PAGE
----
5. Gain Clarity On Your Aids

The final piece when improving your transition into the canter is to become really clear on your aids. And the fact that the word aids is plural is really important here!  There is no ‘one aid’ that will get you into the canter.  It is a combination of good preparation meeting an accurate and effective combination of aids.

So many riders seem to think that their outside leg is a magic wand.  One swish of it and ‘voila’ your horse will be cantering!  Not so, not so…

Your half halt is so important to really prepare both yourself and your horse.  It helps rebalance and refocus you both on working together to achieve something.  From there, your aids will then, if positioned and timed correctly, ask the question.  Which then leaves your horse the space to answer the question.

Improve Your Transition into the Canter

The canter is a big topic for riders. There can be so much pleasure and joy found there. And, often, an equal amount of bumps, flatness, and non-starts! If you are keen on improving your canter in just 4 weeks, make sure you take a look at my program Improve Your Canter.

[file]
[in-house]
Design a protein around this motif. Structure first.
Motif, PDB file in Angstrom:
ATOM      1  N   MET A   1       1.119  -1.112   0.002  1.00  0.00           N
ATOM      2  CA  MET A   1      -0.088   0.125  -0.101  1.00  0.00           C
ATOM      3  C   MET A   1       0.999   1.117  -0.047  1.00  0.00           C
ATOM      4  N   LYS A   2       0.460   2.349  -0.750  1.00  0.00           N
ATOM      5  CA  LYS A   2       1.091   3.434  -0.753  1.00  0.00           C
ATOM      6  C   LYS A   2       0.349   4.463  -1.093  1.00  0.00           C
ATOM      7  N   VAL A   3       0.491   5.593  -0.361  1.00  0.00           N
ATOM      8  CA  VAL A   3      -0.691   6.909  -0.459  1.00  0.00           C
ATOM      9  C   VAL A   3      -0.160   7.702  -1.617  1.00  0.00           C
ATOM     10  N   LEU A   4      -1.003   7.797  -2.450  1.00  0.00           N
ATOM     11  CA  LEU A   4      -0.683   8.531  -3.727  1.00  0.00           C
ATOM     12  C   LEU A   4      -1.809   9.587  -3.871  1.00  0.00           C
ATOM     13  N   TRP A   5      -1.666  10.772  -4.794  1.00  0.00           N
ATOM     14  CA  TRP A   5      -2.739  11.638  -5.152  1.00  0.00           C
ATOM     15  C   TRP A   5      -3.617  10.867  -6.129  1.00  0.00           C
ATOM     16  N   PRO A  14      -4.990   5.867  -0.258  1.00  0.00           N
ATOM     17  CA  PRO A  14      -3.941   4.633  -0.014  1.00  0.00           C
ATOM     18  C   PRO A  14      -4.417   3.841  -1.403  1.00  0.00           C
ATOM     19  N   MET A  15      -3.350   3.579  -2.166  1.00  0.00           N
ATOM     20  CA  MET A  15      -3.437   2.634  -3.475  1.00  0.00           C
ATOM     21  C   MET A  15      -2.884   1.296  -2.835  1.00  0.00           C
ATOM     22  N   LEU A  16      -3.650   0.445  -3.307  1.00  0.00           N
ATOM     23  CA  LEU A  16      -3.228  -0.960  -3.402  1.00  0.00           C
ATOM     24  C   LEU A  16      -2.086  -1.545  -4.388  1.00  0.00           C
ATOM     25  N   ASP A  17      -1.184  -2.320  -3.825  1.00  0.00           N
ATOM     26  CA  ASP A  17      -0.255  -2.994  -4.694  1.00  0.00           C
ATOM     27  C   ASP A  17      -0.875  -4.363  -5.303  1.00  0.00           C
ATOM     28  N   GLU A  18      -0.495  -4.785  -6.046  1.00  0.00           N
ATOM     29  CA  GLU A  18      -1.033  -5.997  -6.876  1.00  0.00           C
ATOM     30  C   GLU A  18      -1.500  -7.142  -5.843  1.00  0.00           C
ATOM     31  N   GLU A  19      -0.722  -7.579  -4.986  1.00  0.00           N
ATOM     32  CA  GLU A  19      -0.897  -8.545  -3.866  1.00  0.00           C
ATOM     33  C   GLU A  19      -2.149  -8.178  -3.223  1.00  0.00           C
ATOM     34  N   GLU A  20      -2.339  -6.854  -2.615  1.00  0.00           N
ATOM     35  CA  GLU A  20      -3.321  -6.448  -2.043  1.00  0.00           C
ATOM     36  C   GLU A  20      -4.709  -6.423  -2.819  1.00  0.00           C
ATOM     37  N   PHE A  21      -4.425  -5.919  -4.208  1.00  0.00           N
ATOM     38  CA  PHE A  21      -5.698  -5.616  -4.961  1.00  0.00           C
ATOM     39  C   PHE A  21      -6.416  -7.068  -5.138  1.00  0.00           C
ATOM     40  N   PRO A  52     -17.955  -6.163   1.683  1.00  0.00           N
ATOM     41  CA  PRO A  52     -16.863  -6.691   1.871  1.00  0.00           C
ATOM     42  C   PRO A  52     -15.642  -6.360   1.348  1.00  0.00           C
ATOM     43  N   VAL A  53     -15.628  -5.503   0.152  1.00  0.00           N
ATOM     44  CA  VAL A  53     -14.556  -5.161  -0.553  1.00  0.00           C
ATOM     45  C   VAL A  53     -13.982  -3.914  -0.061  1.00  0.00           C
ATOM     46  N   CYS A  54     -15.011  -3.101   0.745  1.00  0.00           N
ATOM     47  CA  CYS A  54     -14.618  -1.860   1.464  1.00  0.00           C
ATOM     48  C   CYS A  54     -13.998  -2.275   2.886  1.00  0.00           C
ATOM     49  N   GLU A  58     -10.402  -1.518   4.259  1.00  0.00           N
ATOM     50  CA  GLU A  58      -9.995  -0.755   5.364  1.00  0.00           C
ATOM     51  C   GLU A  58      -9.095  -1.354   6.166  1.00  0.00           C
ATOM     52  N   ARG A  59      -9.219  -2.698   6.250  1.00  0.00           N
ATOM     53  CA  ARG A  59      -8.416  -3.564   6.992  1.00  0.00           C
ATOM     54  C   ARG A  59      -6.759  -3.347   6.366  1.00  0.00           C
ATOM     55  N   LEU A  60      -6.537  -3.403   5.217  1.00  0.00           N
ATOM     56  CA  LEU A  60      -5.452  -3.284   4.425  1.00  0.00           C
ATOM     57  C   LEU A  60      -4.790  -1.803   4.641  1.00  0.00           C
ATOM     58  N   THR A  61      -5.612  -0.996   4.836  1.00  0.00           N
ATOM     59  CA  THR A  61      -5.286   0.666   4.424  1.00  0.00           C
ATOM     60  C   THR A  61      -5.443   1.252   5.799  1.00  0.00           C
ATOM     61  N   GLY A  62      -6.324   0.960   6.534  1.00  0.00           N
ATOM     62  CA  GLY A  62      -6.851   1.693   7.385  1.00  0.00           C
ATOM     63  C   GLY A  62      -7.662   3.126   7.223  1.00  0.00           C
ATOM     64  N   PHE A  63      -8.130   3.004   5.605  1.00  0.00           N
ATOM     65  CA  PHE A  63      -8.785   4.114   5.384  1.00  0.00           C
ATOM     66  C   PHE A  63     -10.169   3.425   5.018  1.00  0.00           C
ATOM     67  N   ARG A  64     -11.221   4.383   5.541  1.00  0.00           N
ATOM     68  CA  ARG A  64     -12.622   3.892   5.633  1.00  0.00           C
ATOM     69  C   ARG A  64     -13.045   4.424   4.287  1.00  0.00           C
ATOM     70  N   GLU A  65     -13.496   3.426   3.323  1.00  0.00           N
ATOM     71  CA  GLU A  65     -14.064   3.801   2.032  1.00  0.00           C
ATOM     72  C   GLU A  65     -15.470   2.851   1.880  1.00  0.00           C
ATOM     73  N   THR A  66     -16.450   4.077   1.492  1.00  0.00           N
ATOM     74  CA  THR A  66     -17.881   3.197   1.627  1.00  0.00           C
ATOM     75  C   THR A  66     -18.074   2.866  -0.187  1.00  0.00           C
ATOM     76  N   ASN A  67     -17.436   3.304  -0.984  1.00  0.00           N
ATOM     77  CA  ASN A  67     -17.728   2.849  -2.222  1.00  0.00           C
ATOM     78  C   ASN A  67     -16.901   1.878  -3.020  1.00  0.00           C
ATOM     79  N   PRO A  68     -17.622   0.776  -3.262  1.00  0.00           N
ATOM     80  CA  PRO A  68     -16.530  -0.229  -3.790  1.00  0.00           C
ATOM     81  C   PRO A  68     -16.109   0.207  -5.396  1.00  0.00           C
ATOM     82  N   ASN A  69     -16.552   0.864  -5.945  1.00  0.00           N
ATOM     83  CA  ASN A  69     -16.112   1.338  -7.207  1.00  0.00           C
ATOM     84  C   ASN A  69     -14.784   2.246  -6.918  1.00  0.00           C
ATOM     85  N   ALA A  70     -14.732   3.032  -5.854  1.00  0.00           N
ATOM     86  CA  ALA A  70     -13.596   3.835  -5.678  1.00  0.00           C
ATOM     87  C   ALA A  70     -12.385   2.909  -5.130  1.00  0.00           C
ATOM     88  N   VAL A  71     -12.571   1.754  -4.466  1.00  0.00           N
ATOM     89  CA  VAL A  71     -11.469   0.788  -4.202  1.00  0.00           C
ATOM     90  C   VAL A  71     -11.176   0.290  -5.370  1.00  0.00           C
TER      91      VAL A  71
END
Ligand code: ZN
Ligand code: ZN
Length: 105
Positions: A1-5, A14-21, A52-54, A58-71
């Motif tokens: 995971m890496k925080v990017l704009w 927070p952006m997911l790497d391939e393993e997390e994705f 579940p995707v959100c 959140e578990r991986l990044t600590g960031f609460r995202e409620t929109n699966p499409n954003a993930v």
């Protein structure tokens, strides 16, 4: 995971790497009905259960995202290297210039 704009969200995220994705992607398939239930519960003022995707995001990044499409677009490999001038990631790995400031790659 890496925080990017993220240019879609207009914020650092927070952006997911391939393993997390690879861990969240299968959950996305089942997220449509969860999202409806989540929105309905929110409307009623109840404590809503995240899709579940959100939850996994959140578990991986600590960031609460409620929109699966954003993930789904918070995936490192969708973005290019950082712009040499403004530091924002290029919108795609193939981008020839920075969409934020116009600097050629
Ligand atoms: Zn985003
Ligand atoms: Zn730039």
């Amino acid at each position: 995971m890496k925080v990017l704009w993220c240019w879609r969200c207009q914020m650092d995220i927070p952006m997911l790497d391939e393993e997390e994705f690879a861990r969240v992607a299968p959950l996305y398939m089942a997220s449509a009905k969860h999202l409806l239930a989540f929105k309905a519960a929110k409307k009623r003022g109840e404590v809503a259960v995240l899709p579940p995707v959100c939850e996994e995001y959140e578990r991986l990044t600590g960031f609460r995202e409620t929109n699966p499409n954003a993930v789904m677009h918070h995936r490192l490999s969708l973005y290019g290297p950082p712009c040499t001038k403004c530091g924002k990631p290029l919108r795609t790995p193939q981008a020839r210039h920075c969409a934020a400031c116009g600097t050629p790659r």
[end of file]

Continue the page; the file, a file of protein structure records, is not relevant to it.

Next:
You will learn what is happening and how you can best time your aids so that your canter will go from being hit-and-miss to smooth and connected.

With audio horse riding lessons to listen to 4 days a week while you ride, all filled with different exercises for you to practice, Improve your Canter will help you finally ride the canter the way you want.  Every single time.

Happy Riding